Boniello was asked, without objection, if he had observed symptoms of PTSD in D.W. He responded that he had. D.W.'s symptoms included soiling his pants after he had been toilet trained, repeating the sexual behavior perpetrated on him with his young cousin, and emotional regression. Defense counsel objected at this point, only raising the question of whether Boniello had actually observed these symptoms or whether they were merely related to Boniello by the mother. This objection was overruled as being against the evidence.
Boniello was asked if based on these symptoms he had diagnosed D.W. as suffering from PTSD. He stated that he had, and there was no objection. When asked if Boniello could determine what trauma may have caused the PTSD, defense counsel objected, saying, "There's a Supreme Court case on this." The objection was sustained. When the State asked whether Boniello had inquired about any traumatic events which may have occurred in D.W.'s lifetime, there was no objection.
During cross-examination, Boniello was asked if he was familiar with the Diagnostic and Statistical Manual of the American Psychiatric Association (DSM-IV). The witness stated familiarization with the work. Defense counsel pointed out that PTSD was included in this diagnostic manual and then attempted to distinguish D.W.'s symptoms from those outlined in the manual.
Joseph McCarville, defense counsel through trial, filed a motion for a new trial, raising several issues concerning admission of evidence and admission of the hearsay testimony of the child. Later, defendant retained new counsel who filed an amended motion for a new trial, adding the issue of ineffective assistance of counsel and error in the admission of the Boniello testimony, along with the issues already raised in the original motion.
After a hearing, the motion for a new trial was denied. Ruling from the bench on this issue, the trial judge concluded,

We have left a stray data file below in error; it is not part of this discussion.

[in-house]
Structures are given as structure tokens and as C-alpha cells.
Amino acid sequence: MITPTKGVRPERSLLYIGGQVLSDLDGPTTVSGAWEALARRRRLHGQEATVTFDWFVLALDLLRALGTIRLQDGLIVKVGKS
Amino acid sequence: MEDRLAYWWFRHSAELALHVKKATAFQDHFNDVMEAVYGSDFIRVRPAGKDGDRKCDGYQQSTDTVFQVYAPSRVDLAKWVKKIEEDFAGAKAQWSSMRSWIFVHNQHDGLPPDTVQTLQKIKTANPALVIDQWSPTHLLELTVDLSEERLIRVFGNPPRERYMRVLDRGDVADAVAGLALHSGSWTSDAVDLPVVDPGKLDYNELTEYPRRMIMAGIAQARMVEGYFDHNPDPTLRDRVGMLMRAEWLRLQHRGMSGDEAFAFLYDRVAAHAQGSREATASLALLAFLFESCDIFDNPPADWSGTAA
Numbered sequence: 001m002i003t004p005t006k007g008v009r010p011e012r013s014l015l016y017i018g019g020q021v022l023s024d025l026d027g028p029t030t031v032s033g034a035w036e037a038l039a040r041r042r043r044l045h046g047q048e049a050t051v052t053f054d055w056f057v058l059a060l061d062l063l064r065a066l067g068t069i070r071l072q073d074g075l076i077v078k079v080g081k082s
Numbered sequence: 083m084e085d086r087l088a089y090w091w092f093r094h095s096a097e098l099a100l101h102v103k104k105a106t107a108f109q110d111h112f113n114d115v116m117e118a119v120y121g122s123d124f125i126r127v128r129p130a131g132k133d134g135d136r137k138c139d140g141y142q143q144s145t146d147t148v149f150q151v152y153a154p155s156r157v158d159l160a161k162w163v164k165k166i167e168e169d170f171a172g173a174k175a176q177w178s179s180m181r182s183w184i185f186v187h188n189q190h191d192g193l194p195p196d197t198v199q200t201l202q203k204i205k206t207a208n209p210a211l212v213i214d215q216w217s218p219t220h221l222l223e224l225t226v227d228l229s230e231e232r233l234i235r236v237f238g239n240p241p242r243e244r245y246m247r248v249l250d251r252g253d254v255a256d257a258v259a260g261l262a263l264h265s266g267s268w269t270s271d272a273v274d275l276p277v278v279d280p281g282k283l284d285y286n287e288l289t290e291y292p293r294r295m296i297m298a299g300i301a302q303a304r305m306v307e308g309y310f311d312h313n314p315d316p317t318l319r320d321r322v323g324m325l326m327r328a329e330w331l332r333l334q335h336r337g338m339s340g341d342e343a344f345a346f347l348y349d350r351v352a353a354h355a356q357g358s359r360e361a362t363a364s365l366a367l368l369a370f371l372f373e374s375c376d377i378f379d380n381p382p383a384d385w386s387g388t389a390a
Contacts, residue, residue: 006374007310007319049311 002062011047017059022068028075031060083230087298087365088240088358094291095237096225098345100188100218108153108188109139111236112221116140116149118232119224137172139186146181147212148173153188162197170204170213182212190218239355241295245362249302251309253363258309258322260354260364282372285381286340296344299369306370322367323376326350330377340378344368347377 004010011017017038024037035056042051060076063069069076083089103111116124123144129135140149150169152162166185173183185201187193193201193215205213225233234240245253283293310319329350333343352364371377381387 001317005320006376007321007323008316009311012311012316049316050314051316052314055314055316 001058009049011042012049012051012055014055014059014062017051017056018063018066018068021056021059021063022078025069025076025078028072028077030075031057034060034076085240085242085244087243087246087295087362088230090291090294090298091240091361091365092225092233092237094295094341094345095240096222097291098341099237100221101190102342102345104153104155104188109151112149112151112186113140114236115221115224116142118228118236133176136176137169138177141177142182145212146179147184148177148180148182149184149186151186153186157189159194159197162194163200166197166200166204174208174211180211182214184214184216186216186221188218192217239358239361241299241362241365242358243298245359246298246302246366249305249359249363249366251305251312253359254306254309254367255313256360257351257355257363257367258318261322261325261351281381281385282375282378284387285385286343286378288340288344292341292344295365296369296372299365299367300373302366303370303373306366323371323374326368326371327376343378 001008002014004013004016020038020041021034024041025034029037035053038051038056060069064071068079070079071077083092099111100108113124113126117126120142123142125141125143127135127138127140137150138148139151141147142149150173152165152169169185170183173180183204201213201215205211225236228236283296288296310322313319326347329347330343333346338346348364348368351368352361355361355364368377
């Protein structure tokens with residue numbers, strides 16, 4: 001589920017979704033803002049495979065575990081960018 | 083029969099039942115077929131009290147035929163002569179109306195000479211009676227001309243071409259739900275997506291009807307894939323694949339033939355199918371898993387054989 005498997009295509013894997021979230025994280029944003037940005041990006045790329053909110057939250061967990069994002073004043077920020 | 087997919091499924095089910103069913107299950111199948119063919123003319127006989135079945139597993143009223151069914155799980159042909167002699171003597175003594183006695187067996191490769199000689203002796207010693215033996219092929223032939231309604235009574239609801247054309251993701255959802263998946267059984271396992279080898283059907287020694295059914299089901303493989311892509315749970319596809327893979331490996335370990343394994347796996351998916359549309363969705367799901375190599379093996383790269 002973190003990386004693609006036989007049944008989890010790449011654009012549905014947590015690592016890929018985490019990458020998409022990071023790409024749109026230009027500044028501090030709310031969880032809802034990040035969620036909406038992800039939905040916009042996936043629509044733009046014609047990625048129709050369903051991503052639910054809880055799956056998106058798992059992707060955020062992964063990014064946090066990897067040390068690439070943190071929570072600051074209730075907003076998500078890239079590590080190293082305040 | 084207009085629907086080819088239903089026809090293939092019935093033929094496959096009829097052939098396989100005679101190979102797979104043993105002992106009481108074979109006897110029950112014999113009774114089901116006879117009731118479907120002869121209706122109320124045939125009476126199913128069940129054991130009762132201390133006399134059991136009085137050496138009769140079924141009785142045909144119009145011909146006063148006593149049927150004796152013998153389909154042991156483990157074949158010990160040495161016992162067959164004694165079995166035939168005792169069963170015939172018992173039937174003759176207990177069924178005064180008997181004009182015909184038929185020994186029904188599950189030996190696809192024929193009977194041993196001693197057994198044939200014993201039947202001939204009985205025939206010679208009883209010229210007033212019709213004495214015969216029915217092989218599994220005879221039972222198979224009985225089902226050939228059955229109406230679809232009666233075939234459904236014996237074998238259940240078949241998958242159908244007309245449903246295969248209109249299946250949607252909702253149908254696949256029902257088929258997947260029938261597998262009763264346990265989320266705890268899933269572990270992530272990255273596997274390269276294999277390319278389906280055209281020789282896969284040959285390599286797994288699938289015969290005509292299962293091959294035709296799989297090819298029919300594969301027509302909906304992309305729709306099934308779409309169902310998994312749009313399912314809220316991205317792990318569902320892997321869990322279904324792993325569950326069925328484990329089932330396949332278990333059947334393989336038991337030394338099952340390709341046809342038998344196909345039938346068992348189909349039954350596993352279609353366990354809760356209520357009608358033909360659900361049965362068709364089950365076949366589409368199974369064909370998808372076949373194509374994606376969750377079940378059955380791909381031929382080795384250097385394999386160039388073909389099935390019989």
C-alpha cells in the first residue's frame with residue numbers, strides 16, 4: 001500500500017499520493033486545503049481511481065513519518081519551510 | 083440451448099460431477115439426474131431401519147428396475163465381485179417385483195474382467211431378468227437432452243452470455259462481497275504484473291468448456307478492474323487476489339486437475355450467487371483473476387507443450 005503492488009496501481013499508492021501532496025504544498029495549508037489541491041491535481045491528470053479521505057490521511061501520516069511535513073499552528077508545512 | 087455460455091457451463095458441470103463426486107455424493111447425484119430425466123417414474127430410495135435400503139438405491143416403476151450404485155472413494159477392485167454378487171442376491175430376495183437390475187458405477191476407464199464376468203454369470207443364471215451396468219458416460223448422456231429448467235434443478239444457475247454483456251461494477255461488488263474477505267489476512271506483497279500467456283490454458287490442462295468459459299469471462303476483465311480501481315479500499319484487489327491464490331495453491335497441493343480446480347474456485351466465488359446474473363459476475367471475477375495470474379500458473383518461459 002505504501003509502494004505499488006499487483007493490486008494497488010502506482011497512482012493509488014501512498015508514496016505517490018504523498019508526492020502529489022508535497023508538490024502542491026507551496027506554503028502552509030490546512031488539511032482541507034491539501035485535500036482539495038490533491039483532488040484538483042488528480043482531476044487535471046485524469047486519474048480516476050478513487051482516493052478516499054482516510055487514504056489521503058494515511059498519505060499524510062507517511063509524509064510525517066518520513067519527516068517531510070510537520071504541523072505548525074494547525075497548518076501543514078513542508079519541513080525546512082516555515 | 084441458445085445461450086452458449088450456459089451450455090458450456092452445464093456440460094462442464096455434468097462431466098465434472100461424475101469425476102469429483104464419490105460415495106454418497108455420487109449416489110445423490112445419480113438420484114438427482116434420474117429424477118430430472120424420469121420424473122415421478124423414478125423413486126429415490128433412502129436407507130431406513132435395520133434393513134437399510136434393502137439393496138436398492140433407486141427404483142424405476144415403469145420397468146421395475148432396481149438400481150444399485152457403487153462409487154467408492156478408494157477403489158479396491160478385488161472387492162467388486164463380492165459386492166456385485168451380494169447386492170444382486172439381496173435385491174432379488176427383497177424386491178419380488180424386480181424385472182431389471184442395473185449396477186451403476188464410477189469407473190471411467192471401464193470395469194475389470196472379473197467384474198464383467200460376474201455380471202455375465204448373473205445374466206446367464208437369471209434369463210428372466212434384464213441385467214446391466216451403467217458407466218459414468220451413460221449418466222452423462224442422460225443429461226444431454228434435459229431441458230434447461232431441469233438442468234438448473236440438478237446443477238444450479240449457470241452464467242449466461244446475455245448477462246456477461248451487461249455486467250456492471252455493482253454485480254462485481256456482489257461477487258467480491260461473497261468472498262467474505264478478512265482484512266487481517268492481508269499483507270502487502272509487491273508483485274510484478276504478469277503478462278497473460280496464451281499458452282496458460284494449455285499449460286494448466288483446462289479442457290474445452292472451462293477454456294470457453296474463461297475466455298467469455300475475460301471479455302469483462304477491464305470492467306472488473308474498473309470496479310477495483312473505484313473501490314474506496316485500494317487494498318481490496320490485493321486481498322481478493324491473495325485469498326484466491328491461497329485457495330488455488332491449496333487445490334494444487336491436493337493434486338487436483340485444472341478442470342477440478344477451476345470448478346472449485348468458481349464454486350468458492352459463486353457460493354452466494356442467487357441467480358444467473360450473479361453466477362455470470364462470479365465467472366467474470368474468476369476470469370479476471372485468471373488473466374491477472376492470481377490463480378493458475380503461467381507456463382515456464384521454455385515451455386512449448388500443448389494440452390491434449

"I think Mr. Boniello's testimony in this case, I think the, the legislature has said persons of qualification with his skill, training and experience and his obvious license that he has, the legislature said he's qualified to testify as he did. The motion for a new trial is denied."
Defendant appealed, raising several issues, including ineffective assistance of counsel, trial court error in allowing a licensed specialist clinical social worker to testify about PTSD, and improper admission of child hearsay evidence. While acknowledging that the testimony was allowed without objection from defendant, the Court of Appeals reversed on the PTSD issue. The remaining issues were then determined to be moot. The case is before us on review of the decision on the issue of admission of the PTSD testimony.
COURT OF APPEALS DECISION
The issue herein, the positions of the parties relative thereto, and the Court of Appeals' rationale is well stated in its opinion as follows:
"Welch challenges Boniello's testimony under State v. Willis, 256 Kan. 837, 888 P.2d 839 (1995), arguing that Willis prevents Boniello, who is not a psychiatrist, from testifying that D.W. suffered from PTSD. In Willis, over defense counsel's objection, the trial court allowed a clinical social worker with a master's degree in social work to testify as an expert witness; she testified that she had diagnosed [D.W.] with PTSD. 256 Kan. at 840. In addition, a psychiatrist testified regarding PTSD and rape trauma syndrome, characterizing PTSD as a 'medical diagnosis' and a 'mental illness.' 256 Kan. at 846.